5 interesting things we noticed about the UK gender pay gap data

Andrew Babbage
May 10, 2018 · 6 min read

Or, how I went on a data bender and woke up 24 hours later with biro on my face with 3 empty packets of pickled onion Monster Munch…

We’ve been as happy as pigs in mud at Applied for the last few weeks. Gender Pay Gap reporting in the UK has given us a rich seam of data to wade through and dive into, much like Scrooge McDuck diving into his fortune of gold coins at the start of Ducktails.

Like Scrooge McDuck… but with data. Yeah.

We’re not only happy because we’re data obsessed nerds, but also because the reporting shines a much needed light on a complex and serious issue and has already started to spur companies into action. (The UK government introduced compulsory reporting of the gender pay gap for organisations with 250 or more employees, with the deadline in April 2018. The ONS reports that the national median pay gap is currently 18.4% (i.e. on average, men earn 18.4% more than women).

The press has done a great job of helping us to visualise what this data means, with the Guardian’s excellent topographical visualisation and interactive calendar, the BBC’s bar charts and, not to be outdone, the Financial Times’ informative crissy-crossy lines.

Why do we care so much? Firstly, everybody should care as it is a sign of deep rooted and systemic inequality of opportunity. Secondly, we’re also big fans of the Crown so were frankly ticked off to hear that Matt had been paid so much more than Claire. Thirdly, de-biased recruitment is one of the few practical and tangible things that companies can do to address the gap (which is what we get out of bed to do every day).

So we’ve been doing our own analysis on the data and we’ve found a few quirky and hopefully interesting things that will tickle your attention for a few seconds:

1. About 40% of companies have assigned the CEO/Director as the responsible person for fixing their gap, 26% Head of HR and 34% other roles

Companies can assign a responsible person when they report, and 84% of companies did choose to do this. By looking at the roles of these people, you can see a break-down of which part of their organisations has been assigned to tackle the gap:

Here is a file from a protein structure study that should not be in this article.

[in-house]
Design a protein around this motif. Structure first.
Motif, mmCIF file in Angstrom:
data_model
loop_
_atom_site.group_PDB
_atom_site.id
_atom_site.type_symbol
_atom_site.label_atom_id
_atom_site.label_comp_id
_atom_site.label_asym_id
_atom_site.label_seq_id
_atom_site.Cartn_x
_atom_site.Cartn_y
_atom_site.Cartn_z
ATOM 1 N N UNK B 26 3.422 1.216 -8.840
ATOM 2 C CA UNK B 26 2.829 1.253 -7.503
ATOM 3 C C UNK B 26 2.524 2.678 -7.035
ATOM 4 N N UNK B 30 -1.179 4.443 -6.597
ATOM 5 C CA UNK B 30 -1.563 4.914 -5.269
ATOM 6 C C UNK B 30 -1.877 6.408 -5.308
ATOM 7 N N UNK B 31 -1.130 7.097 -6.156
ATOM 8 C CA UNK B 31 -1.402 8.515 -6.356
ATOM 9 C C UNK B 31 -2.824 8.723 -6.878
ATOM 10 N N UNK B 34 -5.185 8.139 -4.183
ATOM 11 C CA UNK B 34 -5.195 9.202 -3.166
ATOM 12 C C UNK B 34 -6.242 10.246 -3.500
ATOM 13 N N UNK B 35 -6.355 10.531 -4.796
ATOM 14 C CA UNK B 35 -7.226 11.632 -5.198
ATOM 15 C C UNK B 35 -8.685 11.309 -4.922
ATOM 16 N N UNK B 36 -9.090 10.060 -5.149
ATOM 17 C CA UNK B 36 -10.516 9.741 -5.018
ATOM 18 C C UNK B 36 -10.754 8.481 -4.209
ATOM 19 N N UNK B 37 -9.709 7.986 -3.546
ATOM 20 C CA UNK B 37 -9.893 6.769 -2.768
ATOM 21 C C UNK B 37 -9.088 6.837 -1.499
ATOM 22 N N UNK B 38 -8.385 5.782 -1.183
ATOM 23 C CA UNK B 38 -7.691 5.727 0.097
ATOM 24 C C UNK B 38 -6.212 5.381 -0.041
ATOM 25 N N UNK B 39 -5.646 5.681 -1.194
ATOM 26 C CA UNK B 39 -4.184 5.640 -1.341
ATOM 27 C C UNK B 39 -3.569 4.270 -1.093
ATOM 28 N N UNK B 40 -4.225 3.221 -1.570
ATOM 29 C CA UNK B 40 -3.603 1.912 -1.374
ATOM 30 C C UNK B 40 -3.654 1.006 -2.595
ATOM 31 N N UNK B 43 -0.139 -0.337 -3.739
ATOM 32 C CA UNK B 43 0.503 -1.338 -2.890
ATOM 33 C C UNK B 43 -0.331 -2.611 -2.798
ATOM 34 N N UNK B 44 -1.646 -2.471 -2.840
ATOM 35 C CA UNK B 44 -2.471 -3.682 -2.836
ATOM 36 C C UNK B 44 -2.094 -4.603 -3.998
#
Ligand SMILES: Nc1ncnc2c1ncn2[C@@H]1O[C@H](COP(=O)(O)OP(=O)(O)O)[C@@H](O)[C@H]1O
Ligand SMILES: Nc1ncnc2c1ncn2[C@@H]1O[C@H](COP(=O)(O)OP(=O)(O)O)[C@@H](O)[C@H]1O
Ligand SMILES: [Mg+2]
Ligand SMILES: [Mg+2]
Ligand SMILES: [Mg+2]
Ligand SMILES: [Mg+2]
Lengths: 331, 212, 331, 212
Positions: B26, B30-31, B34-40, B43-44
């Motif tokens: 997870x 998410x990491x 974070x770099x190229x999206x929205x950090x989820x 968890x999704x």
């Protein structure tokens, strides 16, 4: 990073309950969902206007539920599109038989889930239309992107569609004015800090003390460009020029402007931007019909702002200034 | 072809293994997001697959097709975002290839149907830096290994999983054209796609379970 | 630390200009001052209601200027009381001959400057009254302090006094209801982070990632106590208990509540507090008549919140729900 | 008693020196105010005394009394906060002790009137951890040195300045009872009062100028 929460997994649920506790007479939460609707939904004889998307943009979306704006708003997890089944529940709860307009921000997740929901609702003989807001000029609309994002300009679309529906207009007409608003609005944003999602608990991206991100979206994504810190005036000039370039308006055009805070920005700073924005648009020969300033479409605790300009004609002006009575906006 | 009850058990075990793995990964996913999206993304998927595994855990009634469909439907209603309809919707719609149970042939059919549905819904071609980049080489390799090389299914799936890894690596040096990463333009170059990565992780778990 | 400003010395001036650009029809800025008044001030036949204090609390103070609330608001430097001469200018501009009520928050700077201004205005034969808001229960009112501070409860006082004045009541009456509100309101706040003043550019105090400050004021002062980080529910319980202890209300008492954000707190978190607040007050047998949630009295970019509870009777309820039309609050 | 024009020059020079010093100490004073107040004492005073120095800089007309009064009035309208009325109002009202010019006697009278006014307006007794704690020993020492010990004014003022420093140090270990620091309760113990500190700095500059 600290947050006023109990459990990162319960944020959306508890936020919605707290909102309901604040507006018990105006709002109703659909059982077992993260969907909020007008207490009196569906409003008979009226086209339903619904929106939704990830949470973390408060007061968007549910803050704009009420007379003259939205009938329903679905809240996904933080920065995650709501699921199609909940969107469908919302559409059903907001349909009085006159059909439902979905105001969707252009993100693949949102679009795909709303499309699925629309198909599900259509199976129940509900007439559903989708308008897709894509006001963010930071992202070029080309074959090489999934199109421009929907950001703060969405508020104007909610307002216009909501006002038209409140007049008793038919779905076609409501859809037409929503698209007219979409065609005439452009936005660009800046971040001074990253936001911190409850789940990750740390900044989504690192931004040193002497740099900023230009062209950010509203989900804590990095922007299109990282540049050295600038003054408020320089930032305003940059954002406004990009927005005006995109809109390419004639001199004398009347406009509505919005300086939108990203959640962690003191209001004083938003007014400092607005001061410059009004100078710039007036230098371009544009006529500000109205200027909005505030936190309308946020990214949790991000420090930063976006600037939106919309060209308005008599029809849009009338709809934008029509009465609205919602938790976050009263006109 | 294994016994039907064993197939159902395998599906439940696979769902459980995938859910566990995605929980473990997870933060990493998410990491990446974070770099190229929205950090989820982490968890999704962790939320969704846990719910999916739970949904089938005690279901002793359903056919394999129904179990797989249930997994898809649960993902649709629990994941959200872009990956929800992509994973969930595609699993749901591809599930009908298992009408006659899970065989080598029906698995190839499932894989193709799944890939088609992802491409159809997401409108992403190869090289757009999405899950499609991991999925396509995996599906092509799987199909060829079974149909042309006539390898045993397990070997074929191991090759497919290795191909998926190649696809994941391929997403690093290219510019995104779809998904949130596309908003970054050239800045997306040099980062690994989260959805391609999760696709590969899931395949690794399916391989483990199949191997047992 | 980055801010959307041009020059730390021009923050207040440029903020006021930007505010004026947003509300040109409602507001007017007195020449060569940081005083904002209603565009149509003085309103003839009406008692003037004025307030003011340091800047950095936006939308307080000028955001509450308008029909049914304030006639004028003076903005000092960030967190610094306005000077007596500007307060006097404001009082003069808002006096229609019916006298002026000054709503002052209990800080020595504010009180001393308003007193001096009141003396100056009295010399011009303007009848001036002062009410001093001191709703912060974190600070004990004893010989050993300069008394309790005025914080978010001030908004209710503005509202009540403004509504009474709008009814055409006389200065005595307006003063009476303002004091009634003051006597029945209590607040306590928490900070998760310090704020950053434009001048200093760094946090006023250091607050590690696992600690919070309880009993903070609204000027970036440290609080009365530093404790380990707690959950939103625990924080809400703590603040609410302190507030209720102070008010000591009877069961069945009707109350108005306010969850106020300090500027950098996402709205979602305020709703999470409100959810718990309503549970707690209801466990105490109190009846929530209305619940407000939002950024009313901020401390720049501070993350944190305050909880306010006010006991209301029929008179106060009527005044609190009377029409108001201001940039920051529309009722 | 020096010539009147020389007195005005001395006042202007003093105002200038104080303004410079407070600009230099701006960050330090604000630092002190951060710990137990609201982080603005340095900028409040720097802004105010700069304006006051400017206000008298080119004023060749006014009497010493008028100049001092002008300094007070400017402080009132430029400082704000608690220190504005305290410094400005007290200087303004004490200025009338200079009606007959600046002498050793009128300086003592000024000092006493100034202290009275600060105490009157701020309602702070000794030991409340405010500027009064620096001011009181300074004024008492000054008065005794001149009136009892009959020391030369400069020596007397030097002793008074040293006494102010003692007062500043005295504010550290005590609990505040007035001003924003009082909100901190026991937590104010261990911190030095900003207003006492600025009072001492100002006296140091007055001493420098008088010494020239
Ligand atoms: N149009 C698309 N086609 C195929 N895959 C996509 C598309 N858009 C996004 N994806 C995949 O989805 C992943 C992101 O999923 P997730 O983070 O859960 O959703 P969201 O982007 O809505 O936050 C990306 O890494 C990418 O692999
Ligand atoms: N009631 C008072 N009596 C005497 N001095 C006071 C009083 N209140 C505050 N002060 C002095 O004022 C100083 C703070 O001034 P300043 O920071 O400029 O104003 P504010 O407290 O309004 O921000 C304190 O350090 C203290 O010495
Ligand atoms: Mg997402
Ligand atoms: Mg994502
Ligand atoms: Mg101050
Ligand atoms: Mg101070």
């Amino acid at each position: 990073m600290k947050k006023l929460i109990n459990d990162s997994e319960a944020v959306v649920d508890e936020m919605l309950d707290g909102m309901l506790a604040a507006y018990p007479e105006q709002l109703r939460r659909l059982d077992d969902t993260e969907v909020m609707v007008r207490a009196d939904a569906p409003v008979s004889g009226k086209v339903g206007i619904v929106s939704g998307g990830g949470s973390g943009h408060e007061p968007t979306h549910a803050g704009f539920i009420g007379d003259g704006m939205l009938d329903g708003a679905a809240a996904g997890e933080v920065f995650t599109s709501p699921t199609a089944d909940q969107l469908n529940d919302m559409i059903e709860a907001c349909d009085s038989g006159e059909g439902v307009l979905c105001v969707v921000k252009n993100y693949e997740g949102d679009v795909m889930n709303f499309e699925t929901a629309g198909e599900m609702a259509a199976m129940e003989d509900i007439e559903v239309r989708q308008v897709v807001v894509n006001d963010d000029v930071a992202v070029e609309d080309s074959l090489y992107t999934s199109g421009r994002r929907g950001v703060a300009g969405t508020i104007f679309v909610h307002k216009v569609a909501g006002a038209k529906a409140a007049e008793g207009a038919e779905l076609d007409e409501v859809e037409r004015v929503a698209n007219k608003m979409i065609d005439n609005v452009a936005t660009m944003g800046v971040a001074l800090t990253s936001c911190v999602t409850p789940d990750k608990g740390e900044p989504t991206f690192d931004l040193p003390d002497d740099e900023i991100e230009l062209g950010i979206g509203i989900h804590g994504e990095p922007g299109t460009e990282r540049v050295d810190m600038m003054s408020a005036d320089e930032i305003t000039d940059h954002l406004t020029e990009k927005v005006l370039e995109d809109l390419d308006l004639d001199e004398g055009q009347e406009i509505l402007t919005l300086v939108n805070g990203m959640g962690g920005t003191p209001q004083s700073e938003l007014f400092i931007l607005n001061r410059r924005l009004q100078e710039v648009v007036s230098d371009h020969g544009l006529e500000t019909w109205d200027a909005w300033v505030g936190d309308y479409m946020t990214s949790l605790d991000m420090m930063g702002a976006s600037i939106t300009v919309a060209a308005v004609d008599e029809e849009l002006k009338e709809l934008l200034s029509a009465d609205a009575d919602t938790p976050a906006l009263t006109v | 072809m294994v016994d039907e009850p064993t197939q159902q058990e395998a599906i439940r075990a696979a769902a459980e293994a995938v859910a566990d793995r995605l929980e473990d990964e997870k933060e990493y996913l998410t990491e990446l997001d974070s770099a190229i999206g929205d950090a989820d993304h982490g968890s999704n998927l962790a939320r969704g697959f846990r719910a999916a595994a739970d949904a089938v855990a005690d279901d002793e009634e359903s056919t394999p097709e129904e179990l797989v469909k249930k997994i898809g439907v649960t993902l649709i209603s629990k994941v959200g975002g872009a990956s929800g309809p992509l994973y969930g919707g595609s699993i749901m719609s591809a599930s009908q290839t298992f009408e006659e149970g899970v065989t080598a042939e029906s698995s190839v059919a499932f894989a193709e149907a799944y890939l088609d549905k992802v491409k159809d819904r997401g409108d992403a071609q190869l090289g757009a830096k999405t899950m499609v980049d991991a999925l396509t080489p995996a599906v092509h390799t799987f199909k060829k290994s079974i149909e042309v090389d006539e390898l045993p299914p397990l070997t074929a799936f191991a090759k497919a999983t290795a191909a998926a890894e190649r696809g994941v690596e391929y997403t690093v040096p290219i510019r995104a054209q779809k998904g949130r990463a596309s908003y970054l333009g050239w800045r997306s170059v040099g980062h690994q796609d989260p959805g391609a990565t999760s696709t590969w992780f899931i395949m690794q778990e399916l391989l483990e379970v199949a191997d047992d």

Responsible person, by job role for all reporting companies

The implication here could be that 40% are taking this seriously and have focus right at the top, 26% have eyes on it from Human Resources which, from auditing the reports, can often result in a much more tangible, practical remediation plan and 34% really have no clue and are just treating it as an administrative, low priority task. It will be interesting to see how these numbers change as the reporting evolves going forward and see who addresses the problem faster.

2. 146 companies have already reported their data for next year

About half of these 146 companies look like they have only just become required to report in this year (>250 employees), so don’t have any data from last year. For those that did report, you can start to see whether their gap has improved or deteriorated over time. Here are the best and worst so far:

GSF Sandylight, a commercial cleaning service provider reduced its gap from paying men 15% more than women on average, to 1.6% (13.4% improvement). Bravo!

Blackswan International, a care homes provider saw an increase in its mean pay gap from 7.5% to 19.4% (11.9% deterioration). Boo.

This type of comparison is going to be incredibly powerful once the reporting deadline approaches next year and I’d expect many companies to be scrambling for a last minute solution.

3. Companies predominantly made up of women tend to have a gender pay gap, as the top dogs seem to mainly be men

Companies which are overwhelmingly made up of women, particularly in the lower pay quartiles, have some of the highest mean gender pay gaps:

Boux Avenue, women’s lingerie: on average, paying men 75.4% more than women (75.6% median)

Coast Fashions, women’s clothing, 98.6% women: on average, paying men 71% more than women (40% median)

Sweaty Betty, women’s sportswear, 99% women: on average, paying men 62.4% more than women (68.1% median)

This is largely due to the small number of men in top positions skewing the results, however it does beg the question why are the highest paid people, in a company mostly made up of women, men? The good news, despite the skew, is that these companies seem to recognise the irony of their data and are looking to correct it: